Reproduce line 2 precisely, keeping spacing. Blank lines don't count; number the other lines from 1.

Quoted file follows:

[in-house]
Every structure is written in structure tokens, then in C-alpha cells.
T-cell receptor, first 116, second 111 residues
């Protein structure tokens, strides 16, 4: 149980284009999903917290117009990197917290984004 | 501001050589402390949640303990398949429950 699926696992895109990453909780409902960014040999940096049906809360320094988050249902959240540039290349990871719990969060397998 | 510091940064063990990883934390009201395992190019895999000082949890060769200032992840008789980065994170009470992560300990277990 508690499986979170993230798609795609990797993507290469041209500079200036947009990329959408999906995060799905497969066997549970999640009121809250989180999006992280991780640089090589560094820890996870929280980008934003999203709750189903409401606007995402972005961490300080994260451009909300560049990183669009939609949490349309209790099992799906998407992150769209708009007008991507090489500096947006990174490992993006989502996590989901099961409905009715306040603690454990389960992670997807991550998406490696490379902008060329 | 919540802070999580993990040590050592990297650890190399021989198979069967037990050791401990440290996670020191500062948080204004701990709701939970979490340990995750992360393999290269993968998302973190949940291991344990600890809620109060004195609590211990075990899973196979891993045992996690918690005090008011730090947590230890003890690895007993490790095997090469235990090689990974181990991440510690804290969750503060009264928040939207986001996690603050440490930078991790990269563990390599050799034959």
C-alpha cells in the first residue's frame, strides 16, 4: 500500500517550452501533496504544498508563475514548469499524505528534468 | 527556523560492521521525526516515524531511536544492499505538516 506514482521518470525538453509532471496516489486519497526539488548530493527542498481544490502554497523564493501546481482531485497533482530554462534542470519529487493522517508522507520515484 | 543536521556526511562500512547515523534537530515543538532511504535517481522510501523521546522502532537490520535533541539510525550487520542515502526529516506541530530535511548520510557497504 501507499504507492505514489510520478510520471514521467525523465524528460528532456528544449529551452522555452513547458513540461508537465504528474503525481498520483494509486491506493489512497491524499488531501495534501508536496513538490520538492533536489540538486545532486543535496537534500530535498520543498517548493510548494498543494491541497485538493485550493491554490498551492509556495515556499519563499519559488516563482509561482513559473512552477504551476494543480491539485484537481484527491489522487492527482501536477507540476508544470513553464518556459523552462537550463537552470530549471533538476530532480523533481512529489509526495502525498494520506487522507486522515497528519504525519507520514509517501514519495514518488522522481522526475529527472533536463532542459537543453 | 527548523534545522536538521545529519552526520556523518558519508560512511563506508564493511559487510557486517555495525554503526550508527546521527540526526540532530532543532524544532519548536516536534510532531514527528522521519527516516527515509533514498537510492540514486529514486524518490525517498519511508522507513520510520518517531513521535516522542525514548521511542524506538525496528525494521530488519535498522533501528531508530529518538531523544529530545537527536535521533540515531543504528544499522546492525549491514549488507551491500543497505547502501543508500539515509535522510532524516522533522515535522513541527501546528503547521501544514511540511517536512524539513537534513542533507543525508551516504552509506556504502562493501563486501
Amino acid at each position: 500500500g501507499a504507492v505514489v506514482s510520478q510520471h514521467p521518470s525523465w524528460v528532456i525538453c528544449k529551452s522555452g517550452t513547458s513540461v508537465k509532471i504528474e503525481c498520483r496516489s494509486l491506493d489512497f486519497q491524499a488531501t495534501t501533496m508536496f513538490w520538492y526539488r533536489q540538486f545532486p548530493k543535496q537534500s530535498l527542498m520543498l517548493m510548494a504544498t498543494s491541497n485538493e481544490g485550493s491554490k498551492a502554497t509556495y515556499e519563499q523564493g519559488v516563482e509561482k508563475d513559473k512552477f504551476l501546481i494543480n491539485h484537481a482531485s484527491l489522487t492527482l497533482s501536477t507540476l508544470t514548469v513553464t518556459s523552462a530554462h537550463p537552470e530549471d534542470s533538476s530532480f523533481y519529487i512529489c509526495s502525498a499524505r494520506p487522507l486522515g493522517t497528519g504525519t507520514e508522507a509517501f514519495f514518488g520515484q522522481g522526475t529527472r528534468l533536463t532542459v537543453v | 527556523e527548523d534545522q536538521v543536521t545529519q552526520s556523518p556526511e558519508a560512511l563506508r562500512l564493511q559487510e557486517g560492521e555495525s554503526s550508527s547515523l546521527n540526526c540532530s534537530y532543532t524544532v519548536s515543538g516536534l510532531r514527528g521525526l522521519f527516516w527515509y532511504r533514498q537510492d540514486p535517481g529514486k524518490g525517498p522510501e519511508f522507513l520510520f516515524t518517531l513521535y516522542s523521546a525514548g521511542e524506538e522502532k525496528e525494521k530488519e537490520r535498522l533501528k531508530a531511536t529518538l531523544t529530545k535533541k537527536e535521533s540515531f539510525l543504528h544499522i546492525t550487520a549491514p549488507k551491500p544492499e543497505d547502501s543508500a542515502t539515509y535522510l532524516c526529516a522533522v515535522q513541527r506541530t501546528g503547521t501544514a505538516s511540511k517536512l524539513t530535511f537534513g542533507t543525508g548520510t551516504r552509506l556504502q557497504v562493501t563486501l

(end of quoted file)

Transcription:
Every structure is written in structure tokens, then in C-alpha cells.